Blacksmith competition draws crowds to Lake Country vineyard

Close to 1000 people checked in at the Sound of the Forge competition at Blind Tiger Vineyards

In its second year at a Lake Country Vineyard, the Sound of the Forge blacksmith competition gathered quite the crowd.

Almost 1,000 people stopped by at Blind Tiger Vineyards to check out the friendly competition where the sights, sounds and smells of forging mixed with the vineyard’s own sensory elements.

Blind Tiger owner Jerome Wowchuk said blacksmithing is part of the natural vibe they embrace at the vineyard.

“We like to support anything that’s organic,” said Wowchuk.

“Blacksmithing is an organic, old-world, (pre-pesticide hobby) that people don’t get to see a lot of now-a-days.

“And we’re always trying to rock people’s worlds with artisanal style events like this.”

READ MORE: Call for Indigenous art for Lake Country shore

This year’s event at the Lake Country vineyard on July 27 was bigger than the inaugural competition last year.

Forgers from across B.C. and Alberta demonstrated their skills and how exactly they are able to shape metal with fire.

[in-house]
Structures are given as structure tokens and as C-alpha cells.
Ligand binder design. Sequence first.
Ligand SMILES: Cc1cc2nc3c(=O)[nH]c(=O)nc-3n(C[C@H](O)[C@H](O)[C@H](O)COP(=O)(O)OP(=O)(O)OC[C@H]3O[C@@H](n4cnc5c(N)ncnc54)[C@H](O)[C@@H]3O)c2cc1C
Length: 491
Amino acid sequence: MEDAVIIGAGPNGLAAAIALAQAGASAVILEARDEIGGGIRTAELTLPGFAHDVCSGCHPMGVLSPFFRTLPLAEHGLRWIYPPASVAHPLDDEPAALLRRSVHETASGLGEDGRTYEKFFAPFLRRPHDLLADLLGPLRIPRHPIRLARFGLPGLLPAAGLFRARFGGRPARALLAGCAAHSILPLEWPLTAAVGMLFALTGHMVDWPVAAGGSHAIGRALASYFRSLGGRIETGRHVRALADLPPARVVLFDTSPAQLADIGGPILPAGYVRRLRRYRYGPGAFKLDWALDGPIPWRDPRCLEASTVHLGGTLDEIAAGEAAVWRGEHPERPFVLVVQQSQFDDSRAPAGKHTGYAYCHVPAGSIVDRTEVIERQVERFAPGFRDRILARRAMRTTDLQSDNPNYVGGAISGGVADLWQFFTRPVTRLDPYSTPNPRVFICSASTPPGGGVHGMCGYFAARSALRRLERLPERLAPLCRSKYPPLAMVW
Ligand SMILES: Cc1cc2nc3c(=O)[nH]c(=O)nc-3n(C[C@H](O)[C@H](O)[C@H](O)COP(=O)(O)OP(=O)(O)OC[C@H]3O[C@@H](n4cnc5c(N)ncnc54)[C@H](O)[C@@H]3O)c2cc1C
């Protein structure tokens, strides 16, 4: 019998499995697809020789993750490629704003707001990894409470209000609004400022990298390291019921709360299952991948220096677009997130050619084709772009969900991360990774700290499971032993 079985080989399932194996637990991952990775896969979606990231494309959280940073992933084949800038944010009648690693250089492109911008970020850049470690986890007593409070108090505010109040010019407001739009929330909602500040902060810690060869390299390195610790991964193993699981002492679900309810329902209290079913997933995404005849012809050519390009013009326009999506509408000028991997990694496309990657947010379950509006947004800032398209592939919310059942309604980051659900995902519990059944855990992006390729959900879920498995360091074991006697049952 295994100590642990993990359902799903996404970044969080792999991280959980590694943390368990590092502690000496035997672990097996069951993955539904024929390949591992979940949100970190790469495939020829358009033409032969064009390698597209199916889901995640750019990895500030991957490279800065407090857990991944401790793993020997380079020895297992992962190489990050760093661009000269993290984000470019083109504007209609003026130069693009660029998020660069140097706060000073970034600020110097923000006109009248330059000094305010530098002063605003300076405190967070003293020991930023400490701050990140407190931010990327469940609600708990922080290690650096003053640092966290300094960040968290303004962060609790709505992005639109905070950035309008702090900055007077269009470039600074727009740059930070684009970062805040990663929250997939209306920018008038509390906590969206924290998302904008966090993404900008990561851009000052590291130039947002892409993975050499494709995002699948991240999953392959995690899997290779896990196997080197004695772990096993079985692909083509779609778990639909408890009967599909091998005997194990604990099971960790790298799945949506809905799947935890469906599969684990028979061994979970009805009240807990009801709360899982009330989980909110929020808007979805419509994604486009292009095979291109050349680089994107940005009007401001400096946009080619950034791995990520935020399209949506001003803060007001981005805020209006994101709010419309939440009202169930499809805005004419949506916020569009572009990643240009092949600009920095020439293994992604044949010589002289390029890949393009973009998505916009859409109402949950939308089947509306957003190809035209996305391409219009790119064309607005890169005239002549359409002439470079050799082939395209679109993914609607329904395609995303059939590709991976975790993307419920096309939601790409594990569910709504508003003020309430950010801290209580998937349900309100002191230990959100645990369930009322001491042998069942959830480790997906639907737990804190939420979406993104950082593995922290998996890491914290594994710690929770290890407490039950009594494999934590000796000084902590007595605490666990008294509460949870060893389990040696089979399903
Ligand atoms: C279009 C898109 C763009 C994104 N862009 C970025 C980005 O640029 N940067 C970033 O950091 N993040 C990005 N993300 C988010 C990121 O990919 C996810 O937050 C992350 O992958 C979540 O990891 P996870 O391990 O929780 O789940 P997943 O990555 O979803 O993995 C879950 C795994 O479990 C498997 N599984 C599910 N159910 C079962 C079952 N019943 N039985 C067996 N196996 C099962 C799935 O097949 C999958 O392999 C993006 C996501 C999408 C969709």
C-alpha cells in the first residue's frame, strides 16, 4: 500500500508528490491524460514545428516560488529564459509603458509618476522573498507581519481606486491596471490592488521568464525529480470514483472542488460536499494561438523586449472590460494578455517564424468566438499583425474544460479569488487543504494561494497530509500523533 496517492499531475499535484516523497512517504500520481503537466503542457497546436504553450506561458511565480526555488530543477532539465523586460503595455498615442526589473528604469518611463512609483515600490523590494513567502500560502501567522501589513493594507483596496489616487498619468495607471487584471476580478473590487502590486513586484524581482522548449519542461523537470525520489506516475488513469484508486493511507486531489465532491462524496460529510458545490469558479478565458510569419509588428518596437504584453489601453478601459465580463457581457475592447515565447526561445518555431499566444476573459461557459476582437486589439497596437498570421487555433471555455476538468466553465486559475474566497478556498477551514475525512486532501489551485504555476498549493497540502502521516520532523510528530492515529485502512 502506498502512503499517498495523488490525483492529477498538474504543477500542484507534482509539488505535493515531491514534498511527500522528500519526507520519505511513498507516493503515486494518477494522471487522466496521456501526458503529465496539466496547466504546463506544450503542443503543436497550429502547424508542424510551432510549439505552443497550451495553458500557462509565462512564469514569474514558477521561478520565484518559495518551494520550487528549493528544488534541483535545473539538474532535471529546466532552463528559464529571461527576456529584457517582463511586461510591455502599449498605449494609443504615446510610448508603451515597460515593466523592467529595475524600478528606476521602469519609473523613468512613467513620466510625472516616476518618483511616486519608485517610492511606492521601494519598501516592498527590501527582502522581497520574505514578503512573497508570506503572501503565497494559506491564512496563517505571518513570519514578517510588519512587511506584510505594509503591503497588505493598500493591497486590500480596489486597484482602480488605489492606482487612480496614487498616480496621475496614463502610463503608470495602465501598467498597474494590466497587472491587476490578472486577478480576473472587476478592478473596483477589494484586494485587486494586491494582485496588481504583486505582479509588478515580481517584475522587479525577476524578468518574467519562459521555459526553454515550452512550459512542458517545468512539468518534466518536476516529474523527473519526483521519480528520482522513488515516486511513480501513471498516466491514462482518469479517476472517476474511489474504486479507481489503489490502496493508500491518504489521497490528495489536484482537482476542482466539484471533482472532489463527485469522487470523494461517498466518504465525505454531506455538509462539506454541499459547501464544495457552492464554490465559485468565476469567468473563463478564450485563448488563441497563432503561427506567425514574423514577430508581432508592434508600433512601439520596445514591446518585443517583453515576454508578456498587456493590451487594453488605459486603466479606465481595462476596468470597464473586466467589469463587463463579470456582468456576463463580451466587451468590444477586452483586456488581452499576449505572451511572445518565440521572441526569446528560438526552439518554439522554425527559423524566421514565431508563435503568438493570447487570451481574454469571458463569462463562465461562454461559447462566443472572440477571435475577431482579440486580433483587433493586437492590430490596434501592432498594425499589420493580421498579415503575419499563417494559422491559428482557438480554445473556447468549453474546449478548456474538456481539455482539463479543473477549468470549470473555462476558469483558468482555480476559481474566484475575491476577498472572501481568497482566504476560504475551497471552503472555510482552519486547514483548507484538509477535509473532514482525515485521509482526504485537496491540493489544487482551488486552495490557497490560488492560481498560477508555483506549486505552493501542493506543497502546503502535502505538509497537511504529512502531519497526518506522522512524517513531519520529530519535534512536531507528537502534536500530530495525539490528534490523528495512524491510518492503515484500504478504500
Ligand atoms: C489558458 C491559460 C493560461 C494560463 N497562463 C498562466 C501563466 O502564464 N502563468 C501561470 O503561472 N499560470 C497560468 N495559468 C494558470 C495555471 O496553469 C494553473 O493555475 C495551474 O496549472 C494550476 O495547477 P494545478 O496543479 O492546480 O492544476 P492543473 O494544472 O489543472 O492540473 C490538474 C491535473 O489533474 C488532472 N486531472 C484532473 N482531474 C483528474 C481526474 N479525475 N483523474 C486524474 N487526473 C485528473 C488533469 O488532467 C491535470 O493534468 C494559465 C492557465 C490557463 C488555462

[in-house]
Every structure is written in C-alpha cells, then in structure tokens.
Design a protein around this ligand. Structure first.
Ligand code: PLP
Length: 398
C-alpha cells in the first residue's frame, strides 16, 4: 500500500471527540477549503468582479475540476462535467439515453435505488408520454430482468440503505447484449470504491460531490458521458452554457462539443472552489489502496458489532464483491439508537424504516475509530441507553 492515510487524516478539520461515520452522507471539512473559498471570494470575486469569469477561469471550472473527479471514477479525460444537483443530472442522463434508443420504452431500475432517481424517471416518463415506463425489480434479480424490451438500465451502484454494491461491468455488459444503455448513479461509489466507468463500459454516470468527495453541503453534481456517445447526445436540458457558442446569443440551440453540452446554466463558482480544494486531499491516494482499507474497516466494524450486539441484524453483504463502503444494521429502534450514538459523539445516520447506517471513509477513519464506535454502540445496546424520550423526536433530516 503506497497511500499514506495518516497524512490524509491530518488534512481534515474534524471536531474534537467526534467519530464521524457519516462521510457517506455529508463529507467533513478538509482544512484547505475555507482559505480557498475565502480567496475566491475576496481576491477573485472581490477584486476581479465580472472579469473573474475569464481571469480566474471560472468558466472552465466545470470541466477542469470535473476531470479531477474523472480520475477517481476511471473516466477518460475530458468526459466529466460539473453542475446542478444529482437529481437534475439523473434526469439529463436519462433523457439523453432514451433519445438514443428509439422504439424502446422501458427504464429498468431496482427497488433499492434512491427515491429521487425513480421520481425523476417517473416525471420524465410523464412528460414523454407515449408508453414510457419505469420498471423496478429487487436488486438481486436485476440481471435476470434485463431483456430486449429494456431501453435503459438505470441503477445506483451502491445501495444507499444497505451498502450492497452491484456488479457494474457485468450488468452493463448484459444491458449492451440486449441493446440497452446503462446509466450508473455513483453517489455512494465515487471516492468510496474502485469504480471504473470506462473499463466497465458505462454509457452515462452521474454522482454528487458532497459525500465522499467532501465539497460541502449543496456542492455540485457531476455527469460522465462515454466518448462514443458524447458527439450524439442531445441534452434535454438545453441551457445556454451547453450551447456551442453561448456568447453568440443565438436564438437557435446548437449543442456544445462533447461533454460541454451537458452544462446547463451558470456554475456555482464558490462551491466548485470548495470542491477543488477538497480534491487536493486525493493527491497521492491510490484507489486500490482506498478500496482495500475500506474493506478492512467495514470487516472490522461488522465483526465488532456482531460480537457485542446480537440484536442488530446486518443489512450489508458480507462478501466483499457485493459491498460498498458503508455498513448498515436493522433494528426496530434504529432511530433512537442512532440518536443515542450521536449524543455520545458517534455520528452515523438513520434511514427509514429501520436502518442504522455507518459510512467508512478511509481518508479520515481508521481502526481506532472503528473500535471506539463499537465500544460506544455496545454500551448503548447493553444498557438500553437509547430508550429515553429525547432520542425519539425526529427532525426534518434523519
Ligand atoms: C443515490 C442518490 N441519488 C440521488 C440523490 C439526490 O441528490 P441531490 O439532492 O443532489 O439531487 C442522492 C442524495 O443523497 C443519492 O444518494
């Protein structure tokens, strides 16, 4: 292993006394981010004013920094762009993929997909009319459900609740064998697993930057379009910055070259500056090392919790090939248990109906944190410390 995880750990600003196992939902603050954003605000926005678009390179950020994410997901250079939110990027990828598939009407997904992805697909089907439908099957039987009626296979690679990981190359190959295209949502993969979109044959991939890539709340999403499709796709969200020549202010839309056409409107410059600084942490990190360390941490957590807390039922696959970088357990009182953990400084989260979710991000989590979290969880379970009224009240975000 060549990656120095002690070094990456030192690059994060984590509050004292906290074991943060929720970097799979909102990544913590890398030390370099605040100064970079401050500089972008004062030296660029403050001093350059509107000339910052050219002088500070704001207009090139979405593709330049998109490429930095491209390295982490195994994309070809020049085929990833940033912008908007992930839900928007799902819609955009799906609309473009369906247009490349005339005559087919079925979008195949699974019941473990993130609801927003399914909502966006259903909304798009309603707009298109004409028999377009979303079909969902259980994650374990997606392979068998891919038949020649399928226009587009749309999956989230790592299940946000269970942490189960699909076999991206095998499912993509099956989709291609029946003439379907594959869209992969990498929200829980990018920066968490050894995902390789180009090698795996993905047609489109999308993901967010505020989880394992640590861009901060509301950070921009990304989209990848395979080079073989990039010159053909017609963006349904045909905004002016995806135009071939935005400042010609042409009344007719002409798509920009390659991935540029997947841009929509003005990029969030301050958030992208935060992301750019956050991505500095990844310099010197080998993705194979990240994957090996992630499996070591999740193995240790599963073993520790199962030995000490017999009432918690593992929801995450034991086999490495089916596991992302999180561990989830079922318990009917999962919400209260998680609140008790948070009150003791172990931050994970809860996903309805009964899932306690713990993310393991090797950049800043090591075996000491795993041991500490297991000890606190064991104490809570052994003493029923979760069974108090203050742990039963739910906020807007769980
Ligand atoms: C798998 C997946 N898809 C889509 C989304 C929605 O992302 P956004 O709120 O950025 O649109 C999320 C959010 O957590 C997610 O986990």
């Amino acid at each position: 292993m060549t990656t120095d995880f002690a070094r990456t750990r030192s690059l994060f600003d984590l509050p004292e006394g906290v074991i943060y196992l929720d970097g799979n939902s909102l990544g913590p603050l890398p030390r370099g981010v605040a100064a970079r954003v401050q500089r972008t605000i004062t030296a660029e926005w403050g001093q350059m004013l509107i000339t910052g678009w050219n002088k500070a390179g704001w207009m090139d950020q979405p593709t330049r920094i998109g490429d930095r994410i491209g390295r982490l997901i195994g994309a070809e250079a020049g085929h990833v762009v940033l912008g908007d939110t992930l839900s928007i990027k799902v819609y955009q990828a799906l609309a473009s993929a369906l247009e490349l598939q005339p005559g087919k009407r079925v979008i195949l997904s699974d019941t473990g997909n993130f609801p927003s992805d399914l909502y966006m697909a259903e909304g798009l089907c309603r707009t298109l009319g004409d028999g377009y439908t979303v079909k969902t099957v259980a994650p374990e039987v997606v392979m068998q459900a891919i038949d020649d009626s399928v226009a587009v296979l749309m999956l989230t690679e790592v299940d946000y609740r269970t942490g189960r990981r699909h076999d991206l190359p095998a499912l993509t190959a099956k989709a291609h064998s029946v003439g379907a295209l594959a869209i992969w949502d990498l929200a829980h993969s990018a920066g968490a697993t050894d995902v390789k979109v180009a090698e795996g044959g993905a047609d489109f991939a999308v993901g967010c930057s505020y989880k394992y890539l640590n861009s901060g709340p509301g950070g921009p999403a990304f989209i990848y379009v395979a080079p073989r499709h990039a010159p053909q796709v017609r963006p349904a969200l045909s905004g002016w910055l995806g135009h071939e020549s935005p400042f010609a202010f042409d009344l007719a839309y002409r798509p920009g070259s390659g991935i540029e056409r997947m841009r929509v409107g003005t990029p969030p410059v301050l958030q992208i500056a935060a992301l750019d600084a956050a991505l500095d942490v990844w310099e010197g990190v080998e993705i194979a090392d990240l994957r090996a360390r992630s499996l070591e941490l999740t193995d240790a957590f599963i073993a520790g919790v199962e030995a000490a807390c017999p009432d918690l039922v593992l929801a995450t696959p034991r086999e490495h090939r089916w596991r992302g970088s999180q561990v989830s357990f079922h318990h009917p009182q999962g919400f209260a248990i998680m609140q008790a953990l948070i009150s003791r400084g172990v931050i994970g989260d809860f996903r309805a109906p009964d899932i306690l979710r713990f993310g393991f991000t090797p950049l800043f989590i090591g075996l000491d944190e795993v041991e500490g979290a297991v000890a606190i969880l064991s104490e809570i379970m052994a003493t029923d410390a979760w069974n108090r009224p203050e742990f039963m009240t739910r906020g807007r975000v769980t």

“It’s amazing,” Wowchuk said. “How they can weld and shape the metal with just fire, hammer and an anvil.”

Forger Mark Pearce and his 14 year-old son Oldin took the event by storm this year with a dreamcatcher made of steel, copper and bronze.

Another stand out creation was a hammer made with a steel cable handle.

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Despite the increasing numbers the vineyard saw this year, they’re hoping that the Sound of the Forge event can be built into a world-class event.

“We’re going to keep building it more and more because most people may not know what a blacksmith is. We want more artists and more competitions to come,” said Wowchuk.

Organic wine and pizza was available during the competition. Next year, beer will be reportedly added to the menu.

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